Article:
Minister marks 50 years serving tiny W. Va. church

September 02, 2002|by DAVE McMILLION

The area may be changing rapidly, but inside the walls of Allensville Church of the Brethren, it almost seems time is standing still.

It's where decades-old traditions still exist, and members of the church prefer it that way.

Women wear "prayer coverings," small white hats that stem from references in the Bible about when women should cover their heads.

Church members live like family, sharing vegetables from their gardens. Members of the congregation are still baptized in nearby Back Creek and the Rev. Charles W. Green wears a collarless white shirt and black coat, which was typical among Brethren ministers years ago.


"I don't like progression much," longtime church member Jane Manor said after services Sunday. "We're trying to keep it like it should be."

Green has been as steady as the traditions, leading the church for 50 years.

And it wasn't always easy.

In 1952, when Green agreed to take over the small, white church on Allensville Road outside of Hedgesville, a group known as the "mission board" oversaw the church.

There were different groups of the congregation that could not get along and the mission board had trouble finding a minister to take over the church, Green said. The groups wanted to have their own services and Green agreed, meaning he would have to offer two sermons at the church on Sundays.

During that period, Green was also operating a 250-acre farm along Lappans Road in Washington County.

Sometimes members of the congregation would have to wait for Green because he was running late while taking care of farm chores.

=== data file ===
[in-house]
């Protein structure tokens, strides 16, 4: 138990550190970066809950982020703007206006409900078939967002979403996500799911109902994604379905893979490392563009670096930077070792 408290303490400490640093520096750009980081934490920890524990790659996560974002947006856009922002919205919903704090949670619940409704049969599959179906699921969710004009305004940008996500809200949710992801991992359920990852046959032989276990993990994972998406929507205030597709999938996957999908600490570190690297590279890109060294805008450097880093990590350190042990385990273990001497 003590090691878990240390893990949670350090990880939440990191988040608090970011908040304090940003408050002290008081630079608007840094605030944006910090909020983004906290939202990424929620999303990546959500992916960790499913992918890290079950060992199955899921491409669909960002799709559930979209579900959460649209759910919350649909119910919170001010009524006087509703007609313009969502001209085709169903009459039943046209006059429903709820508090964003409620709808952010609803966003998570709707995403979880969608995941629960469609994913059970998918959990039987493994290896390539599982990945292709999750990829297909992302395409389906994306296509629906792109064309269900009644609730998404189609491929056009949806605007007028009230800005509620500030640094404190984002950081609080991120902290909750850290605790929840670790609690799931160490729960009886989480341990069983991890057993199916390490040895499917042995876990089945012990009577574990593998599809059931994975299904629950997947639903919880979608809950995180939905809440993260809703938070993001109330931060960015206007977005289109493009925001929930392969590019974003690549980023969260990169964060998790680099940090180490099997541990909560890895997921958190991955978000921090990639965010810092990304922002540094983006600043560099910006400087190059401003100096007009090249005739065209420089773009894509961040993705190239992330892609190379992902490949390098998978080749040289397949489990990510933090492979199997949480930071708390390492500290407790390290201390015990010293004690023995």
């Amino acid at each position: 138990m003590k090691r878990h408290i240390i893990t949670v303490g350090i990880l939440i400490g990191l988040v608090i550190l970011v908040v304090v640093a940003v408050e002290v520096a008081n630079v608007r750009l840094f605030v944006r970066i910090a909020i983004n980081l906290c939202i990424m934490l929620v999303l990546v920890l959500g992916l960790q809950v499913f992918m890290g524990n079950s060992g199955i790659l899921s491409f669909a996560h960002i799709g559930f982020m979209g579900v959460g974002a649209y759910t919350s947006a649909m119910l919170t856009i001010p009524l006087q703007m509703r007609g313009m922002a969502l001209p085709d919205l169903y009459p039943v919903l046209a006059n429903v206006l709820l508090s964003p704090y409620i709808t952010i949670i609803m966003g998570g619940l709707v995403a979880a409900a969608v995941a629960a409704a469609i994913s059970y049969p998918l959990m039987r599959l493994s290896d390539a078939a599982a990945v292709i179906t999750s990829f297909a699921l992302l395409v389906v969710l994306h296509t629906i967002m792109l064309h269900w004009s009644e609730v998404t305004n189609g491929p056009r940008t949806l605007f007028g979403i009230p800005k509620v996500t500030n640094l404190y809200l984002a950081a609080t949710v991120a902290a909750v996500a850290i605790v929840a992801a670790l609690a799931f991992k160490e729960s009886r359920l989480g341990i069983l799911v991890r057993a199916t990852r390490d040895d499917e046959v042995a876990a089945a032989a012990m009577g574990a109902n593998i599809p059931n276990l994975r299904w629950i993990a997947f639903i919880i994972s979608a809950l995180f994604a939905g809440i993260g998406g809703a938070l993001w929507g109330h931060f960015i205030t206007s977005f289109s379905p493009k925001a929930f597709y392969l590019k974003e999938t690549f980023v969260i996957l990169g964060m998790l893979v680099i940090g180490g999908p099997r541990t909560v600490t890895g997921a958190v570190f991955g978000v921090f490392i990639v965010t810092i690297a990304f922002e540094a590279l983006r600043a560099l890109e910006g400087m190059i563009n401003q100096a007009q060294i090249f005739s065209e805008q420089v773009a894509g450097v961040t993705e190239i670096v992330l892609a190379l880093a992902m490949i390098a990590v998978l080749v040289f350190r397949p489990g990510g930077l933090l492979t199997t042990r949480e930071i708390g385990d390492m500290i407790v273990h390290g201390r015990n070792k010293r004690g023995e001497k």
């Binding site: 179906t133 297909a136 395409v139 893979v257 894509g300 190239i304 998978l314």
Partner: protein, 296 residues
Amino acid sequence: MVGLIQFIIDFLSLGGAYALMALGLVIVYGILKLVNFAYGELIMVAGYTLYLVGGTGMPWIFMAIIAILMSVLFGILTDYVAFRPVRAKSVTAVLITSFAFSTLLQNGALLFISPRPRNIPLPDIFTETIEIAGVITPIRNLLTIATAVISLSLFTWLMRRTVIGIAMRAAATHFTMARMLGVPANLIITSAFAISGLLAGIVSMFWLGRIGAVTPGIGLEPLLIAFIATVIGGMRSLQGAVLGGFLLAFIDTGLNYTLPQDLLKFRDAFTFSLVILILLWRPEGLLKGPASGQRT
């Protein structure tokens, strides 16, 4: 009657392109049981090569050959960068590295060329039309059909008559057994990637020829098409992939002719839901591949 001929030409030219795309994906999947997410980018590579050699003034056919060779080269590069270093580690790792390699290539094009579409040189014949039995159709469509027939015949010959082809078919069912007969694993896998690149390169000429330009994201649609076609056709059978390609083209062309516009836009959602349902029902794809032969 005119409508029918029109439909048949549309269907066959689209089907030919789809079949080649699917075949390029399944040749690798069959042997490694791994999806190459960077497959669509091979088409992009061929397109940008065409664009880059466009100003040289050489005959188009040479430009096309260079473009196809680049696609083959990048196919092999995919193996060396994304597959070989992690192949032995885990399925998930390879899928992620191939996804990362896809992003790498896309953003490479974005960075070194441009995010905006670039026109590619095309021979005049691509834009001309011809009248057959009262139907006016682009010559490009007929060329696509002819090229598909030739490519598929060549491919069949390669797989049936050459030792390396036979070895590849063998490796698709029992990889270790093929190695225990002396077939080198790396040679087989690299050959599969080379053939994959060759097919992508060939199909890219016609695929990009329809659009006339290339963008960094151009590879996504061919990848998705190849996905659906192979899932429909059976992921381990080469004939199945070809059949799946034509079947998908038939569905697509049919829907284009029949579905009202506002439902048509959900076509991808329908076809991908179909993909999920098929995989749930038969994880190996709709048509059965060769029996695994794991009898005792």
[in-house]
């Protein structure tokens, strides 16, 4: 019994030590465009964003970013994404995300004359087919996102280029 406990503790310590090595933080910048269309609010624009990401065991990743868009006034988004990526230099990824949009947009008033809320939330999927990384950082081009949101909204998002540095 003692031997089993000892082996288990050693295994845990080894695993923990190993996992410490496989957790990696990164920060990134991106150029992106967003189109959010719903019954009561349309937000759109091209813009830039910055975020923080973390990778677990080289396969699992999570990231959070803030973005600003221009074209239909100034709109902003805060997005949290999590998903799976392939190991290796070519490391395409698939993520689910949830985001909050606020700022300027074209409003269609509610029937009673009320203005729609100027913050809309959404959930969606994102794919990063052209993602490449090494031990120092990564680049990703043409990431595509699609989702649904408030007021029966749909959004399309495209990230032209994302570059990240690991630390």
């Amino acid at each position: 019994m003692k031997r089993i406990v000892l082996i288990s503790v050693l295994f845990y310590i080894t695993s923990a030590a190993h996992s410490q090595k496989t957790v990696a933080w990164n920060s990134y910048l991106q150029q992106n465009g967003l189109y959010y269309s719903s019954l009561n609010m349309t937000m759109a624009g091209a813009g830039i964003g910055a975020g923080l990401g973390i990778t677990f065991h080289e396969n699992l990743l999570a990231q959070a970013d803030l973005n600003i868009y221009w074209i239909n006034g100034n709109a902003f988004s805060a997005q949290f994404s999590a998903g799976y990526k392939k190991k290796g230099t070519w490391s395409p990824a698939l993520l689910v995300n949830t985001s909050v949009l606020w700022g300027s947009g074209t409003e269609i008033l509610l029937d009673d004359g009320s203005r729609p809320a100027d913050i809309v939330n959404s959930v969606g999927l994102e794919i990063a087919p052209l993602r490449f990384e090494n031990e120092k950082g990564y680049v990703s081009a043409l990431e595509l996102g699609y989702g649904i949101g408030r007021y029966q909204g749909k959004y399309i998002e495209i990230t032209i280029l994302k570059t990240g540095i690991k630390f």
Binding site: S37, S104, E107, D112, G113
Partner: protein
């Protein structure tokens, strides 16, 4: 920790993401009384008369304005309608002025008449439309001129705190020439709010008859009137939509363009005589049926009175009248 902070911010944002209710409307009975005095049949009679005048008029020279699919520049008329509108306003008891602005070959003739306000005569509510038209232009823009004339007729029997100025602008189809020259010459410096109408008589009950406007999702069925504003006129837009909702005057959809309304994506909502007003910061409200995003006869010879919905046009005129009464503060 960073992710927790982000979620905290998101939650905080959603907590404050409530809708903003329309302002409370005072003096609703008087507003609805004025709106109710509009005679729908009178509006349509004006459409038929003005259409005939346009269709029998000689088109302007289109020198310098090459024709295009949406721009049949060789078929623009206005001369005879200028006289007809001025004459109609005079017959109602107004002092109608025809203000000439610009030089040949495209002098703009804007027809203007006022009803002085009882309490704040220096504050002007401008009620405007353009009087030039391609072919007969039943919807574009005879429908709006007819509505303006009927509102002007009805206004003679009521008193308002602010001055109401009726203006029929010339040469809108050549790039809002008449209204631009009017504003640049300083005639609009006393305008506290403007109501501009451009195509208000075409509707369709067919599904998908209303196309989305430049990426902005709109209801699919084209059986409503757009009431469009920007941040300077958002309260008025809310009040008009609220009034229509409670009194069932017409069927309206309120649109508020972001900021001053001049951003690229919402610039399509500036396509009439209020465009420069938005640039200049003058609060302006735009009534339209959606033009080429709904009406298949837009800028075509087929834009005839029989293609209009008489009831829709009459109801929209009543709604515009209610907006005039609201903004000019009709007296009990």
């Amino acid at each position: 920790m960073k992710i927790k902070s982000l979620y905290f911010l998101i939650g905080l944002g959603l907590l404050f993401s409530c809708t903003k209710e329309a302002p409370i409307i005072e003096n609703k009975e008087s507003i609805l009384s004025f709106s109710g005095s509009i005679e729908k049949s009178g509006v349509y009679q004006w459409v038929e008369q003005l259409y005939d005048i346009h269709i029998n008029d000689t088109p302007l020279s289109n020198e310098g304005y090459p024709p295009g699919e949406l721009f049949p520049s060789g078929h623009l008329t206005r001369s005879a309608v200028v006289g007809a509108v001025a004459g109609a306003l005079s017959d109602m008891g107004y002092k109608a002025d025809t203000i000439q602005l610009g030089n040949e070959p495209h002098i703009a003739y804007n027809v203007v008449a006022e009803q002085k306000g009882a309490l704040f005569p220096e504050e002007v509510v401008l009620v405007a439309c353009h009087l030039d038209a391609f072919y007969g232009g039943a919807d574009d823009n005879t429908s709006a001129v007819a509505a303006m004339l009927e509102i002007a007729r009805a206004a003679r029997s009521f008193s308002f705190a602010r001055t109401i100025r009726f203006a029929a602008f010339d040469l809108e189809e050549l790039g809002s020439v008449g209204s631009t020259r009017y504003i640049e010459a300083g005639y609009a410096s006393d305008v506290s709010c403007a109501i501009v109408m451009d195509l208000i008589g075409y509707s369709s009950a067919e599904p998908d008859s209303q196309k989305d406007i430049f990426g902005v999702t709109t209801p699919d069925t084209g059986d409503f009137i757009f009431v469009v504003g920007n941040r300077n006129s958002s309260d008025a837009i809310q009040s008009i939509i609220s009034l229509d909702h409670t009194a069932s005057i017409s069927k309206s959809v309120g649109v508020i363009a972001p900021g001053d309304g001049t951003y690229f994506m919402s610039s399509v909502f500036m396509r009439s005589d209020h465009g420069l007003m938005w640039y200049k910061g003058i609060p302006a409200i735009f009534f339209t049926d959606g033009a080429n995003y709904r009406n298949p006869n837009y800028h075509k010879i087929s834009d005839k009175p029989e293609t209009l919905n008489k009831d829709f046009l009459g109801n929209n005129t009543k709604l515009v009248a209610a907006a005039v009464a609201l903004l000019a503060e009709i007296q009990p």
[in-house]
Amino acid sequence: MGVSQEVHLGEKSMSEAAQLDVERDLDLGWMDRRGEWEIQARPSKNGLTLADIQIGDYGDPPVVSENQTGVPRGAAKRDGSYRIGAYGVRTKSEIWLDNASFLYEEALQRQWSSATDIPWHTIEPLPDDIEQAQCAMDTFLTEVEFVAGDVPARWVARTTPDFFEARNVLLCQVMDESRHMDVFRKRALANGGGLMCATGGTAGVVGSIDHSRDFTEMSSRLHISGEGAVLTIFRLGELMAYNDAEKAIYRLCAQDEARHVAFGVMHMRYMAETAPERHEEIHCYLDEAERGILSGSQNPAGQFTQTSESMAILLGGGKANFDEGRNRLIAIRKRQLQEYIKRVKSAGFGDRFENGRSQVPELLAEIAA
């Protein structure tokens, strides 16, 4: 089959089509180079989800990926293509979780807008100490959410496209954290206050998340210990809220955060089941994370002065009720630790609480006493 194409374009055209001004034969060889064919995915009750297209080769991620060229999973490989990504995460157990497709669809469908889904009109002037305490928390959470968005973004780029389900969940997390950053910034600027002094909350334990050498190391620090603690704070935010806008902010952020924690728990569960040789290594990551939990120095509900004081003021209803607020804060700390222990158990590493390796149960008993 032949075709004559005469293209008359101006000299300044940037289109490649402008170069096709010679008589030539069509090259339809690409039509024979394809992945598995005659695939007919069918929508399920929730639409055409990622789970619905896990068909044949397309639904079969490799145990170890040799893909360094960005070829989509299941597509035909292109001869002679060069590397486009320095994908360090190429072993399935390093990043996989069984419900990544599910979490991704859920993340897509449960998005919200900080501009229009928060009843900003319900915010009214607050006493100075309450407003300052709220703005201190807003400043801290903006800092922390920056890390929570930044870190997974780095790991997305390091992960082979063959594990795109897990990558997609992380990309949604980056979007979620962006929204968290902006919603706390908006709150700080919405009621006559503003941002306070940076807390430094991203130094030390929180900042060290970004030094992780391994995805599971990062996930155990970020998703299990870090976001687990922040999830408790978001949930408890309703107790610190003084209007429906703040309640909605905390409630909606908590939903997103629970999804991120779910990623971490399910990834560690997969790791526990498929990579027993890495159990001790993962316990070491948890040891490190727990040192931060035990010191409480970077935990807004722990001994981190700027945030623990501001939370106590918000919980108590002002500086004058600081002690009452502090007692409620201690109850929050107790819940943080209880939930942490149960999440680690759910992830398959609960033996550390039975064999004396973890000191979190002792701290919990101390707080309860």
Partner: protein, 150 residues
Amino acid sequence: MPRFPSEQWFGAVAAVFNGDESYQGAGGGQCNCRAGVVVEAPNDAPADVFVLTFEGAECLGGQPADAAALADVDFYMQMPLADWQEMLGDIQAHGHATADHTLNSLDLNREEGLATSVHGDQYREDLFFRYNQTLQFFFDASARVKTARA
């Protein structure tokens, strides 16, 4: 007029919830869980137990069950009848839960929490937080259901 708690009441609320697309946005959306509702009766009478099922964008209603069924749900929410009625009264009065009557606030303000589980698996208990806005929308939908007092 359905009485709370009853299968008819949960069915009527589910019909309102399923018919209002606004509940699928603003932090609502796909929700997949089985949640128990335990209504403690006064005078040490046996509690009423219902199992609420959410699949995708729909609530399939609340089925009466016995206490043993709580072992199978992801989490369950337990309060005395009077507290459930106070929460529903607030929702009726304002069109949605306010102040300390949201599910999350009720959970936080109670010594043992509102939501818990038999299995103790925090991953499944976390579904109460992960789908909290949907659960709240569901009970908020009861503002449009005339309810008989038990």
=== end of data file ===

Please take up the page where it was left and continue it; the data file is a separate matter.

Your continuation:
"They had no choice. There was no other minister to take the challenge," said Green.

The community surrounding the church also proved to be a tough place to work at times, said Green.

Green recalled one Sunday when two men were fighting near the church as he was about to start services. The men were using foul language and Green felt something needed to be done before he started his sermon.

Green told several members of his congregation that he was going to talk to the men. The church members warned Green not to go because they were dangerous people.

Green went anyway and convinced the men to be quiet. "This mountain was really rough," said Green.

Things have improved over the years, which was witnessed by a younger congregation that developed in the 1970s, said Green. The hard feelings that existed among some members of the congregation faded and the family-like atmosphere that exists today began taking hold, said Green.

Church members on Sunday recalled their marriage ceremonies conducted by Green and his baptisms, which consist of three forward dunks into Back Creek. They also recalled his fiery sermons, although Green complains he "doesn't have the wind" that he used to.

"I think he's a fantastic minister. He's like a brother," said church member Kay Shipper.

Green, 83, said he plans to remain minister of the church as long as he has a clear mind.

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